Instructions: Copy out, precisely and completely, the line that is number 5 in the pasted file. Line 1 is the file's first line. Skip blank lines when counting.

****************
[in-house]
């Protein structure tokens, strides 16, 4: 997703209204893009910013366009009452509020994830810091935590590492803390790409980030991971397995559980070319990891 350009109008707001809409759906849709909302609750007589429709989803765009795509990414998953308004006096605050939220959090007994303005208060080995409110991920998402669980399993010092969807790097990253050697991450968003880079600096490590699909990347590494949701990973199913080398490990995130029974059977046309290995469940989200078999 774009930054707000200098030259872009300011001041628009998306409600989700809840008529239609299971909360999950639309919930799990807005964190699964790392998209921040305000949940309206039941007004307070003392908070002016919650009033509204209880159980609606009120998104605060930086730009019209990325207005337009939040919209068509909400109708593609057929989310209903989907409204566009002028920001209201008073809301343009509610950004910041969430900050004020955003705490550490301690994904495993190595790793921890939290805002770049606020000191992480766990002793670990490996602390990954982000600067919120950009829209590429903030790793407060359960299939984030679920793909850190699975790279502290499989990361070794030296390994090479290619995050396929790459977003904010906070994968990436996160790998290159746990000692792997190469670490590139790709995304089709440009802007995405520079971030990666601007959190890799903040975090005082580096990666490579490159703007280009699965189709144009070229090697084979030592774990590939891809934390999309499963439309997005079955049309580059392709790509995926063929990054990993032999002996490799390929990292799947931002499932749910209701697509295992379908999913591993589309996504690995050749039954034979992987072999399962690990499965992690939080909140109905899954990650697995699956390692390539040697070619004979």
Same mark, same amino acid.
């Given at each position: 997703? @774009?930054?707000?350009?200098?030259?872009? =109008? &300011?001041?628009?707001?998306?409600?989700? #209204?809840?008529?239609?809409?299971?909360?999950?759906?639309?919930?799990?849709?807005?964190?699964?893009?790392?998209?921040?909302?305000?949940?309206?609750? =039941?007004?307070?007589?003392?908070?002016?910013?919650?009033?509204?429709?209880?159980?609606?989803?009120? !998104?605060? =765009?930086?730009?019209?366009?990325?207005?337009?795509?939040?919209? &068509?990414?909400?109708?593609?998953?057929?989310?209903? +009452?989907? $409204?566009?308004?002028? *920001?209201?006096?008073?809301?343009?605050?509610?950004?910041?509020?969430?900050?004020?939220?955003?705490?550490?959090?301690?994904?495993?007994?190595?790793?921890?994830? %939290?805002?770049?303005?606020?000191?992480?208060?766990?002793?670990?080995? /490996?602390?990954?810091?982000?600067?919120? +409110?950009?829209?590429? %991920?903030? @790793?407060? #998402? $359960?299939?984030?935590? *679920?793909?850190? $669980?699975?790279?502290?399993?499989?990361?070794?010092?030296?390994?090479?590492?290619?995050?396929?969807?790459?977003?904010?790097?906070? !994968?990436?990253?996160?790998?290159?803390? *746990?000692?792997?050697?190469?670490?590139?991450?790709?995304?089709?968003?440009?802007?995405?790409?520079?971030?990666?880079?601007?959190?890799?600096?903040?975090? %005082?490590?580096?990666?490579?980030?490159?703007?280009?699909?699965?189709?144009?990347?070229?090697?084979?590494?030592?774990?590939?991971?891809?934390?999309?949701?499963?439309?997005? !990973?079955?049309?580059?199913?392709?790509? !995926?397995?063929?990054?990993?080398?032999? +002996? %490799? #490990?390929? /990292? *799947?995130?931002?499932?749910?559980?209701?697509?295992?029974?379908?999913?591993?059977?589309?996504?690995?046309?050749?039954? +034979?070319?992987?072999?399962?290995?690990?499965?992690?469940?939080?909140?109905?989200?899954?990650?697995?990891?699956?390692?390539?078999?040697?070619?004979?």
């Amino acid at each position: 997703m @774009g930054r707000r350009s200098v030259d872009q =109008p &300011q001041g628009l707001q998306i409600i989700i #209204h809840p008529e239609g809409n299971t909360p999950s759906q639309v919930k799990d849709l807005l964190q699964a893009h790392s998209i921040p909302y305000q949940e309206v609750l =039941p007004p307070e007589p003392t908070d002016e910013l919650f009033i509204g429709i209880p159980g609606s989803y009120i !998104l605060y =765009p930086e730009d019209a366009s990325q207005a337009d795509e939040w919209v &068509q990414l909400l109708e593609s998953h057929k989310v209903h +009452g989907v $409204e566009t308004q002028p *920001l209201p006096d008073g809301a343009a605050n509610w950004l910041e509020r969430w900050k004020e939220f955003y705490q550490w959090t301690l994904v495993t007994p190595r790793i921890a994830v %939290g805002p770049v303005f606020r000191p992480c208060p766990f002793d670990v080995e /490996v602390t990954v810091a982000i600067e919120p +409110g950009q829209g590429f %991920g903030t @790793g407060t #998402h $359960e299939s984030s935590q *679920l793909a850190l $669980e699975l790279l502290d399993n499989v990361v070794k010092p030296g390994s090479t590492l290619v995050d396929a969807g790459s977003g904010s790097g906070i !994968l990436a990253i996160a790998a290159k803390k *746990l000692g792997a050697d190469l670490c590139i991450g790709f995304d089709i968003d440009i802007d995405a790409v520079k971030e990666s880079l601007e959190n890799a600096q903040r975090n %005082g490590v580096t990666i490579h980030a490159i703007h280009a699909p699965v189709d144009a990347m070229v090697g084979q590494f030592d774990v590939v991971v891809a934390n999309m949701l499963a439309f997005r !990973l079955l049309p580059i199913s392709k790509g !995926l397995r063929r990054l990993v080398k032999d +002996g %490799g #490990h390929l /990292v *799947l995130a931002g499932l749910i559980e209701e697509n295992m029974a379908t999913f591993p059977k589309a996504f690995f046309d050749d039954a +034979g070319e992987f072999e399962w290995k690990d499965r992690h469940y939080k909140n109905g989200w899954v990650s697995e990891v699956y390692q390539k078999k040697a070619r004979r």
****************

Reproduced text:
């Amino acid at each position: 997703m @774009g930054r707000r350009s200098v030259d872009q =109008p &300011q001041g628009l707001q998306i409600i989700i #209204h809840p008529e239609g809409n299971t909360p999950s759906q639309v919930k799990d849709l807005l964190q699964a893009h790392s998209i921040p909302y305000q949940e309206v609750l =039941p007004p307070e007589p003392t908070d002016e910013l919650f009033i509204g429709i209880p159980g609606s989803y009120i !998104l605060y =765009p930086e730009d019209a366009s990325q207005a337009d795509e939040w919209v &068509q990414l909400l109708e593609s998953h057929k989310v209903h +009452g989907v $409204e566009t308004q002028p *920001l209201p006096d008073g809301a343009a605050n509610w950004l910041e509020r969430w900050k004020e939220f955003y705490q550490w959090t301690l994904v495993t007994p190595r790793i921890a994830v %939290g805002p770049v303005f606020r000191p992480c208060p766990f002793d670990v080995e /490996v602390t990954v810091a982000i600067e919120p +409110g950009q829209g590429f %991920g903030t @790793g407060t #998402h $359960e299939s984030s935590q *679920l793909a850190l $669980e699975l790279l502290d399993n499989v990361v070794k010092p030296g390994s090479t590492l290619v995050d396929a969807g790459s977003g904010s790097g906070i !994968l990436a990253i996160a790998a290159k803390k *746990l000692g792997a050697d190469l670490c590139i991450g790709f995304d089709i968003d440009i802007d995405a790409v520079k971030e990666s880079l601007e959190n890799a600096q903040r975090n %005082g490590v580096t990666i490579h980030a490159i703007h280009a699909p699965v189709d144009a990347m070229v090697g084979q590494f030592d774990v590939v991971v891809a934390n999309m949701l499963a439309f997005r !990973l079955l049309p580059i199913s392709k790509g !995926l397995r063929r990054l990993v080398k032999d +002996g %490799g #490990h390929l /990292v *799947l995130a931002g499932l749910i559980e209701e697509n295992m029974a379908t999913f591993p059977k589309a996504f690995f046309d050749d039954a +034979g070319e992987f072999e399962w290995k690990d499965r992690h469940y939080k909140n109905g989200w899954v990650s697995e990891v699956y390692q390539k078999k040697a070619r004979r």